At some point in every kid’s life, one wonders what it would be like to try to survive a zombie apocalypse.
However, the folks at Monkey Wrench Games take this thought to a whole “Ëœnother level.
Say hello to Kids Vs. Zombies, an exciting new game for the iPhone. This tower-defense(ish) app has a lot going for it, but will it be intriguing enough to purchase over the deep field of similar titles?
Monkey Wrench Games
Apr. 26, 2009
Kids Vs. Zombies has two different versions: Full and Lite. With only 2 levels and limited functionality, Lite has significantly less entertainment and replay value. Today, we will be looking at this Lite version to see if it warrants the purchase of the fully functional edition.
The object of Kids Vs. Zombies Lite is to defend your base from the increasingly difficult undead onslaught. As the zombies approach your fort, it is your job to kill them before they can do any damage. The more levels you complete, the more money you will receive to repair your base and upgrade the weapons and intelligence of your characters.
Your tools for defense come in the form of a few weapon-savvy kids. Dexter, the demolitions expert, is responsible for taking out large groups of close to medium-ranged zombies. In the Lite version of Kids Vs. Zombies, Dexter shoots large orange balls that will take out just about anything in its path. Scarlett, the long-range sniper, is the character I found myself using the most. She is able to hit zombies at long ranges by launching golf balls out of a slingshot. Finally, Marcus is the close-combat specialist. He is only effective when the zombies are very close to the base. Each kid has their own unique skill set and can come in handy in each game.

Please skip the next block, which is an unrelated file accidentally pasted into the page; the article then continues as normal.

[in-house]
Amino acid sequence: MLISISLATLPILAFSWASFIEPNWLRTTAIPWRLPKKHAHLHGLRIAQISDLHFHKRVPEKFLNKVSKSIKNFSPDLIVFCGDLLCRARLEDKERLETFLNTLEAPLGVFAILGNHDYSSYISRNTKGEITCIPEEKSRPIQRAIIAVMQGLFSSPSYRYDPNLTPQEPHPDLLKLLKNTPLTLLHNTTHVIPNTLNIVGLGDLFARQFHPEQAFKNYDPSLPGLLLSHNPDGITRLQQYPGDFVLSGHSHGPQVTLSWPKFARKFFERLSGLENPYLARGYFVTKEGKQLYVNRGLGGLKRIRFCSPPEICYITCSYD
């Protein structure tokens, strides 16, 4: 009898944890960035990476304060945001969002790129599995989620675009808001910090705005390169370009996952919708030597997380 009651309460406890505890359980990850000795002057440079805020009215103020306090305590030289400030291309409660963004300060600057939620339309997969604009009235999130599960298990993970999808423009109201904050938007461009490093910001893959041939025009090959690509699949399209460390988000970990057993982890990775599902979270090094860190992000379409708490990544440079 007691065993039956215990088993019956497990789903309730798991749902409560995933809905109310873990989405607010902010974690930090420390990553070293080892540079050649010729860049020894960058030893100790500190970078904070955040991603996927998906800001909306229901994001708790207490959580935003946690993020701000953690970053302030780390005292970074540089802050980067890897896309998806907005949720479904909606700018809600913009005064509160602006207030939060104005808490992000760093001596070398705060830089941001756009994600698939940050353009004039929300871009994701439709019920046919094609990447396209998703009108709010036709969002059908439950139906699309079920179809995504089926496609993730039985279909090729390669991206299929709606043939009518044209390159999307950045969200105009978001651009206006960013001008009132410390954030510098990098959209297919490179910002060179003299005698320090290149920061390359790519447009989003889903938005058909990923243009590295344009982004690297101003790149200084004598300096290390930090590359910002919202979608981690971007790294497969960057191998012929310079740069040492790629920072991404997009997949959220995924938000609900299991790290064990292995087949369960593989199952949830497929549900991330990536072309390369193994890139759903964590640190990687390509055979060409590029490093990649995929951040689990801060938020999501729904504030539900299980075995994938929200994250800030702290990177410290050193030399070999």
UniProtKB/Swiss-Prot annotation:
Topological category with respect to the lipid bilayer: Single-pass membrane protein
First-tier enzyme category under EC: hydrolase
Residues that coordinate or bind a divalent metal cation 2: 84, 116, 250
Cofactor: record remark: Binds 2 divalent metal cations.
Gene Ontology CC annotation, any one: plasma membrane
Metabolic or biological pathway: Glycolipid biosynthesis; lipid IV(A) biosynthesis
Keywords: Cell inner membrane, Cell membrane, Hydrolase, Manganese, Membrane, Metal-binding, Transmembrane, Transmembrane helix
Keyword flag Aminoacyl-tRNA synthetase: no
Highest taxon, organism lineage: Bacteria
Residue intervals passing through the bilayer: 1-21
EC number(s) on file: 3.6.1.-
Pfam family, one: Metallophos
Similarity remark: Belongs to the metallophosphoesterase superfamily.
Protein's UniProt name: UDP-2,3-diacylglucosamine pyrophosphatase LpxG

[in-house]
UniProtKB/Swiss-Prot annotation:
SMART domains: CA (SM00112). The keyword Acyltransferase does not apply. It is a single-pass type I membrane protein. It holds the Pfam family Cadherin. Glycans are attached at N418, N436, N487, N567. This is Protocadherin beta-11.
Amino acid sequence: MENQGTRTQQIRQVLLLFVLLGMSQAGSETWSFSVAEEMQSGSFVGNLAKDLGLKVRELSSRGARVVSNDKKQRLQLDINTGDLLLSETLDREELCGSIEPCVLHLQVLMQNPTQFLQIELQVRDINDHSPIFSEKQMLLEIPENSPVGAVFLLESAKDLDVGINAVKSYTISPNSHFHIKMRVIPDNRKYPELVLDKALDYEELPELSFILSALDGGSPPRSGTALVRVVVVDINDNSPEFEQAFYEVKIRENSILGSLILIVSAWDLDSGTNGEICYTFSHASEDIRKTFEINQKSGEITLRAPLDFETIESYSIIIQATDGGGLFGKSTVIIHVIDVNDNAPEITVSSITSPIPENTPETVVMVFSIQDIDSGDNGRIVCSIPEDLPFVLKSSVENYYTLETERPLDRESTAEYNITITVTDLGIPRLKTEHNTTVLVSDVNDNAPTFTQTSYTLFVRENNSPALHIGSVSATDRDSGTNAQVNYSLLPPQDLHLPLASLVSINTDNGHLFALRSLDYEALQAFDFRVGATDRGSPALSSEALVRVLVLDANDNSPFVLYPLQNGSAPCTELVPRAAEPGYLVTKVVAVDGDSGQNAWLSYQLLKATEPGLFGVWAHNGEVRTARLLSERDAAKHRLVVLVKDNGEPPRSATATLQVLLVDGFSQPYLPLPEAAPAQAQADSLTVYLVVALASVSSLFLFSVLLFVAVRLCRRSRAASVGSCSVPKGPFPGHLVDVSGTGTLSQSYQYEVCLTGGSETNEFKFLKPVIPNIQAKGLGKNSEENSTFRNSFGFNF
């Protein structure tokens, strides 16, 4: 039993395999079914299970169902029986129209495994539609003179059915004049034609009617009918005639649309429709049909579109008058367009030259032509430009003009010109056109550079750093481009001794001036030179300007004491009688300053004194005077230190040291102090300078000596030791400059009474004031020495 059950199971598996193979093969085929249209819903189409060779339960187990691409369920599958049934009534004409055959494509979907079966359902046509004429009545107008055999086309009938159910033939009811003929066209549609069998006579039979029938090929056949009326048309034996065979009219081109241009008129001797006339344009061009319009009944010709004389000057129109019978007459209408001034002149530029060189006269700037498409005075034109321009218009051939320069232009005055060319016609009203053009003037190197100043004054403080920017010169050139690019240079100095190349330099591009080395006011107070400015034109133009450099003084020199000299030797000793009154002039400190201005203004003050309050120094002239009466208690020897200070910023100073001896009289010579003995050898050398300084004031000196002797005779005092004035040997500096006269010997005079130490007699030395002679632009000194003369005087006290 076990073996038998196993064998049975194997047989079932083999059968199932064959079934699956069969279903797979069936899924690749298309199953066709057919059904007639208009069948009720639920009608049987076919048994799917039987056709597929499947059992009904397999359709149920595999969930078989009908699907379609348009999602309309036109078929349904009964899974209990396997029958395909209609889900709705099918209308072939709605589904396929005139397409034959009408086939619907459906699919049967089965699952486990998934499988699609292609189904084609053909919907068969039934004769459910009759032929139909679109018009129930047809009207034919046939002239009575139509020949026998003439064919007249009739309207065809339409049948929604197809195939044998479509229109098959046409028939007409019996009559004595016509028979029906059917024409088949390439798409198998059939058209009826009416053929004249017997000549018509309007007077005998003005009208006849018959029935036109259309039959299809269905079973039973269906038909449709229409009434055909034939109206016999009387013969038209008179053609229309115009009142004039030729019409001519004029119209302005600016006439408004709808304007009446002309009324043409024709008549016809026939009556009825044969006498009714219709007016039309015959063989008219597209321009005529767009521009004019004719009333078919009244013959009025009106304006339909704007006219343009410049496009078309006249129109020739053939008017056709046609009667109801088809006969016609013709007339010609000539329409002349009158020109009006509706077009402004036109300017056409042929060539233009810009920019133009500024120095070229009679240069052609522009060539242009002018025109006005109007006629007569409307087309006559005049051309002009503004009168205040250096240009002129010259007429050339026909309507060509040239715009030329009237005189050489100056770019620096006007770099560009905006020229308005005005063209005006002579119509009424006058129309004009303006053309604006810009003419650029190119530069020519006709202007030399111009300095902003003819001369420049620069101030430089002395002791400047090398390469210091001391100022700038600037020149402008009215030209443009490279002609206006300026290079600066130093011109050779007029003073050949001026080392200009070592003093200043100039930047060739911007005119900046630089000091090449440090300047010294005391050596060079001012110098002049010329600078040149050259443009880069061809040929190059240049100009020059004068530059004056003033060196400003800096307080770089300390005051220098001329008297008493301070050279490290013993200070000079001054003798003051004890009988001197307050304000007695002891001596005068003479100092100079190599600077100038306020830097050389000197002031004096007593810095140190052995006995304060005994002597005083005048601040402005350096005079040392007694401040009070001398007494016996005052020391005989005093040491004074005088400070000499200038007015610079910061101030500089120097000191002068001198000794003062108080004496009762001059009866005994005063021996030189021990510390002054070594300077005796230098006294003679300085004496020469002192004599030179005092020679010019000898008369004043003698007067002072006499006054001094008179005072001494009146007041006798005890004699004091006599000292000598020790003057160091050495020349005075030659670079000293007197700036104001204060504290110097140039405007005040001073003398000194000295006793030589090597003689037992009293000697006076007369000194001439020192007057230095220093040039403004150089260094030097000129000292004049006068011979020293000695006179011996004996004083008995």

To play, users must aim one of the kids towards a zombie, pull their finger back in order to determine the distance of which to fire your weapon, and then release. Aiming involves pointing an arrow in the direction of the targeted zombie. Don’t expect to be accurate from the get go as it will take you a few tries before you really get the hang of the targeting system.
Initially, the gameplay of this app seemed a bit unnatural. Turning the separate characters in order to use their weapons to your advantage can get a little hectic, but one gets used to it fairly quickly. Also, when the zombie get close enough to your base, the characters that you aren’t using will pitch in with a few shots. Unfortunately, when aiming at distant zombies, the targeting system can be unforgiving. Luckily, the characters have nearly unlimited ammo, so one can just keep pumping out rounds until the enemies are cleared.
An interesting aspect of this game is that every level represents a new night of survival. This means that every level is taking place in the dark, making zombies tough to see. Luckily, aiming Dexter, Scarlett, or Marcus at an area can also be used to illuminate zombies that may be approaching in the darkness. This element makes Kids vs. Zombies Lite much more exciting and VERY addicting.
Other helpful features include the ability to save a game in mid-level. I have been waiting for more apps to implement this feature because most of my gaming is on-the-go. Kudos to the guys and gals at Monkey Wrench Games. The tutorial was also surprisingly accommodating.
In terms of graphics, Kids Vs. Zombies Lite is pretty good. The game runs very smoothly while it’s also visually impressive. The zombie models are diverse and move realistically. Also, the models for Dexter, Scarlett, and Marcus are satisfactory. The different types of ammo that are fired, the colorful menus and even the battle grounds are detailed as well, making it quite apparent that Monkey Wrench Games did not cut corners when it came to graphical presentation.
Overall, Kids Vs. Zombies Lite is a good, addicting game. With four difficulty settings and two levels, this app will surely keep any mobile game player enticed for a while. However, it is clear that purchasing the regular version of Kids Vs. Zombies is undoubtedly worth the $1.99 price. Happy hunting, kids!
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